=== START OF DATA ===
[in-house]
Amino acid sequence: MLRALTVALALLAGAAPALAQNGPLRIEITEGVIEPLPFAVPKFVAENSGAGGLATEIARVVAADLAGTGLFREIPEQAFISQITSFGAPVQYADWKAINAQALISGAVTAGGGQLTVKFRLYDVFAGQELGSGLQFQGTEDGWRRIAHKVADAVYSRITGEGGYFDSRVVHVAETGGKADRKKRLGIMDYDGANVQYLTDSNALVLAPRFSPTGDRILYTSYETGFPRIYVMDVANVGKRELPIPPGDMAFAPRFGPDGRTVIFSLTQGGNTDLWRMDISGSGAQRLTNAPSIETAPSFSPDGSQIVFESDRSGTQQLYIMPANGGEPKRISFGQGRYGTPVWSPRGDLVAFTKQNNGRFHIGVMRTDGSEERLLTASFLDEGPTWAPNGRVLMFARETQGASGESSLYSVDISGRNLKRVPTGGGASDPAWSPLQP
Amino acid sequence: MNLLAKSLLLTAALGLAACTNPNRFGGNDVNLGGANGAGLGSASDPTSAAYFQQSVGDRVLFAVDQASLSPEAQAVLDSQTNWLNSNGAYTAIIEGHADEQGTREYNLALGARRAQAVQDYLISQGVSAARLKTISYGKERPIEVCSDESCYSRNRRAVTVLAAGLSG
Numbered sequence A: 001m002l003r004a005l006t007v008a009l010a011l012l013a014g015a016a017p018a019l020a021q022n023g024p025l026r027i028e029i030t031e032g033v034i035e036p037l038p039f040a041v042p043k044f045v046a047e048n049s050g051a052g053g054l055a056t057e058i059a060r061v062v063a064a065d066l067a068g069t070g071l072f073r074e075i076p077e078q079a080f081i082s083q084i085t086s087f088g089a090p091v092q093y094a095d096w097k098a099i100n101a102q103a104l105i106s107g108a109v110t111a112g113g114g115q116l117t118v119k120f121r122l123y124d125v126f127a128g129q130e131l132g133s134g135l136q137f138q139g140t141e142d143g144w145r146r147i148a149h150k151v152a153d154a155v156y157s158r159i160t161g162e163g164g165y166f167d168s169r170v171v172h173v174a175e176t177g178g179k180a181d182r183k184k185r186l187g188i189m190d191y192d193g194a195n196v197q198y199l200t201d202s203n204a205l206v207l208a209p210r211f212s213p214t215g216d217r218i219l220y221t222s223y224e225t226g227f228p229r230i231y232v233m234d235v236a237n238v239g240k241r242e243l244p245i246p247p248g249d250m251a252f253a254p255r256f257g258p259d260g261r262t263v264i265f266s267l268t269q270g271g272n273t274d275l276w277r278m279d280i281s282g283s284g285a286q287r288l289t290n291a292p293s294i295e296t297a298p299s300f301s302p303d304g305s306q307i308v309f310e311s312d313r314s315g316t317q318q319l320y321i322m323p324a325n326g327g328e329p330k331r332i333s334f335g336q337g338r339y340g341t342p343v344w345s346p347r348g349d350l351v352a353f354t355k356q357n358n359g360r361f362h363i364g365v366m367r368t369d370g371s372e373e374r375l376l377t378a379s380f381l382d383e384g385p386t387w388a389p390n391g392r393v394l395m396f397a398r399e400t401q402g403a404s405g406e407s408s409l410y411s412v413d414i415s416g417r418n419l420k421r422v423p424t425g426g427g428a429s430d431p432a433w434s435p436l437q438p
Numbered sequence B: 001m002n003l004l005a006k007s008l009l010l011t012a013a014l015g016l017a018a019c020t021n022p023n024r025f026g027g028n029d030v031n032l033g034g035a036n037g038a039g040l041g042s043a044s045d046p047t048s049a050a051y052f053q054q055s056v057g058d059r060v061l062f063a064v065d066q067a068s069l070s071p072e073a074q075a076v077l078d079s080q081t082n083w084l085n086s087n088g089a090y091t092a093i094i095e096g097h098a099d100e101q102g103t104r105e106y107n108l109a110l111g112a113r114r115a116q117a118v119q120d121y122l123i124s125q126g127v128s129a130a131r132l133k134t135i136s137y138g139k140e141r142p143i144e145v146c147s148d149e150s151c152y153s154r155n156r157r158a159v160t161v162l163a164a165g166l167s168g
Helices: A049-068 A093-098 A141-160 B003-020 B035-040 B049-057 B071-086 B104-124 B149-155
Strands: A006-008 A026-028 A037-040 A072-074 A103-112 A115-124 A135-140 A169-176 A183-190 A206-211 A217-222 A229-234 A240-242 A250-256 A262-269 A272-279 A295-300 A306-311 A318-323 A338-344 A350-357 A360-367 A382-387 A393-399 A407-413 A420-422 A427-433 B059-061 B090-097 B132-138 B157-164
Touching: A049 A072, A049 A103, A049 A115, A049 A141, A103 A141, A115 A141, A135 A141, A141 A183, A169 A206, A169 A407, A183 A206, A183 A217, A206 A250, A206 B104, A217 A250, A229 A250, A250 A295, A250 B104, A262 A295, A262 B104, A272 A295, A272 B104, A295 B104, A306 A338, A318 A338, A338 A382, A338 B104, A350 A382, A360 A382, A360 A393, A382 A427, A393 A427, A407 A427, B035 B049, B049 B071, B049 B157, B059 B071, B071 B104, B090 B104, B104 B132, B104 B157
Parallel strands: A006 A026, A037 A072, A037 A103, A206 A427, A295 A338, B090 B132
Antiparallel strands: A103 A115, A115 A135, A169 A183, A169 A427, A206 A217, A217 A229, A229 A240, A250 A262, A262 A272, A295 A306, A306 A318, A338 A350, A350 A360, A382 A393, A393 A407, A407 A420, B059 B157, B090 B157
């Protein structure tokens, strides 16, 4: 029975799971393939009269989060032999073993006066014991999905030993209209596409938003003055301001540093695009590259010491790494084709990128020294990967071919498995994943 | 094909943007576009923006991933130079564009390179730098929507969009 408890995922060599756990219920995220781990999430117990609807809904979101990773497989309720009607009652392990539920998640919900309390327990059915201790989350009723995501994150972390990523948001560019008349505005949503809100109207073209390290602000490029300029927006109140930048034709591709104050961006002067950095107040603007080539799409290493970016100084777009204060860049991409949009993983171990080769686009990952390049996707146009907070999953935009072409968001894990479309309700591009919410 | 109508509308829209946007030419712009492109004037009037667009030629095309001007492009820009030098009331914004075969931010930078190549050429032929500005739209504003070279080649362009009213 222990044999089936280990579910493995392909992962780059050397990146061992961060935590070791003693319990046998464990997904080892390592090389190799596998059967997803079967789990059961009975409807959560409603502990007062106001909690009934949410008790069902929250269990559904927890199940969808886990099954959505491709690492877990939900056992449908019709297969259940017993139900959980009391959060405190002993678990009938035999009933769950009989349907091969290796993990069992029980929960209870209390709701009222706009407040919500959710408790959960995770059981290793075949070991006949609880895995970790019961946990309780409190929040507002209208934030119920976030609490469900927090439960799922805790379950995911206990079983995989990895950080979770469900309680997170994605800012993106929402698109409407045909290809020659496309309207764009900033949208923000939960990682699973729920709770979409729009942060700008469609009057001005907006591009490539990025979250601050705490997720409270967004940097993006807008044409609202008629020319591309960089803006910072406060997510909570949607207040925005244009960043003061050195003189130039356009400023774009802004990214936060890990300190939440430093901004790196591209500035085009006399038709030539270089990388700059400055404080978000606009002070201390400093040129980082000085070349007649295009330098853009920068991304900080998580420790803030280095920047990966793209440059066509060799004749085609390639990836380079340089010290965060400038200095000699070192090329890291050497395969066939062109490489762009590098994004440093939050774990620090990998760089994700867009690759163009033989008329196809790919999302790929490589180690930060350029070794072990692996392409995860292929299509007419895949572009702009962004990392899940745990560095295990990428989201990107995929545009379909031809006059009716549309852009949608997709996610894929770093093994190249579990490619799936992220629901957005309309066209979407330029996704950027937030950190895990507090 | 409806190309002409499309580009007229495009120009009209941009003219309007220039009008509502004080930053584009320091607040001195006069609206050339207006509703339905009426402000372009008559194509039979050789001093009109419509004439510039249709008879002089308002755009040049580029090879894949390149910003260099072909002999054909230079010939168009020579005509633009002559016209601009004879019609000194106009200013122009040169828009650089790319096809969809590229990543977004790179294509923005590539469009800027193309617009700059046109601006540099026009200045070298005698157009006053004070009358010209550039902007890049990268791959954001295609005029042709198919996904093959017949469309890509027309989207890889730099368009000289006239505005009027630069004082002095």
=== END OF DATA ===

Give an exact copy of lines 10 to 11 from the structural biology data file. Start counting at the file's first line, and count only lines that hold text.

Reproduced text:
Antiparallel strands: A103 A115, A115 A135, A169 A183, A169 A427, A206 A217, A217 A229, A229 A240, A250 A262, A262 A272, A295 A306, A306 A318, A338 A350, A350 A360, A382 A393, A393 A407, A407 A420, B059 B157, B090 B157
């Protein structure tokens, strides 16, 4: 029975799971393939009269989060032999073993006066014991999905030993209209596409938003003055301001540093695009590259010491790494084709990128020294990967071919498995994943 | 094909943007576009923006991933130079564009390179730098929507969009 408890995922060599756990219920995220781990999430117990609807809904979101990773497989309720009607009652392990539920998640919900309390327990059915201790989350009723995501994150972390990523948001560019008349505005949503809100109207073209390290602000490029300029927006109140930048034709591709104050961006002067950095107040603007080539799409290493970016100084777009204060860049991409949009993983171990080769686009990952390049996707146009907070999953935009072409968001894990479309309700591009919410 | 109508509308829209946007030419712009492109004037009037667009030629095309001007492009820009030098009331914004075969931010930078190549050429032929500005739209504003070279080649362009009213 222990044999089936280990579910493995392909992962780059050397990146061992961060935590070791003693319990046998464990997904080892390592090389190799596998059967997803079967789990059961009975409807959560409603502990007062106001909690009934949410008790069902929250269990559904927890199940969808886990099954959505491709690492877990939900056992449908019709297969259940017993139900959980009391959060405190002993678990009938035999009933769950009989349907091969290796993990069992029980929960209870209390709701009222706009407040919500959710408790959960995770059981290793075949070991006949609880895995970790019961946990309780409190929040507002209208934030119920976030609490469900927090439960799922805790379950995911206990079983995989990895950080979770469900309680997170994605800012993106929402698109409407045909290809020659496309309207764009900033949208923000939960990682699973729920709770979409729009942060700008469609009057001005907006591009490539990025979250601050705490997720409270967004940097993006807008044409609202008629020319591309960089803006910072406060997510909570949607207040925005244009960043003061050195003189130039356009400023774009802004990214936060890990300190939440430093901004790196591209500035085009006399038709030539270089990388700059400055404080978000606009002070201390400093040129980082000085070349007649295009330098853009920068991304900080998580420790803030280095920047990966793209440059066509060799004749085609390639990836380079340089010290965060400038200095000699070192090329890291050497395969066939062109490489762009590098994004440093939050774990620090990998760089994700867009690759163009033989008329196809790919999302790929490589180690930060350029070794072990692996392409995860292929299509007419895949572009702009962004990392899940745990560095295990990428989201990107995929545009379909031809006059009716549309852009949608997709996610894929770093093994190249579990490619799936992220629901957005309309066209979407330029996704950027937030950190895990507090 | 409806190309002409499309580009007229495009120009009209941009003219309007220039009008509502004080930053584009320091607040001195006069609206050339207006509703339905009426402000372009008559194509039979050789001093009109419509004439510039249709008879002089308002755009040049580029090879894949390149910003260099072909002999054909230079010939168009020579005509633009002559016209601009004879019609000194106009200013122009040169828009650089790319096809969809590229990543977004790179294509923005590539469009800027193309617009700059046109601006540099026009200045070298005698157009006053004070009358010209550039902007890049990268791959954001295609005029042709198919996904093959017949469309890509027309989207890889730099368009000289006239505005009027630069004082002095």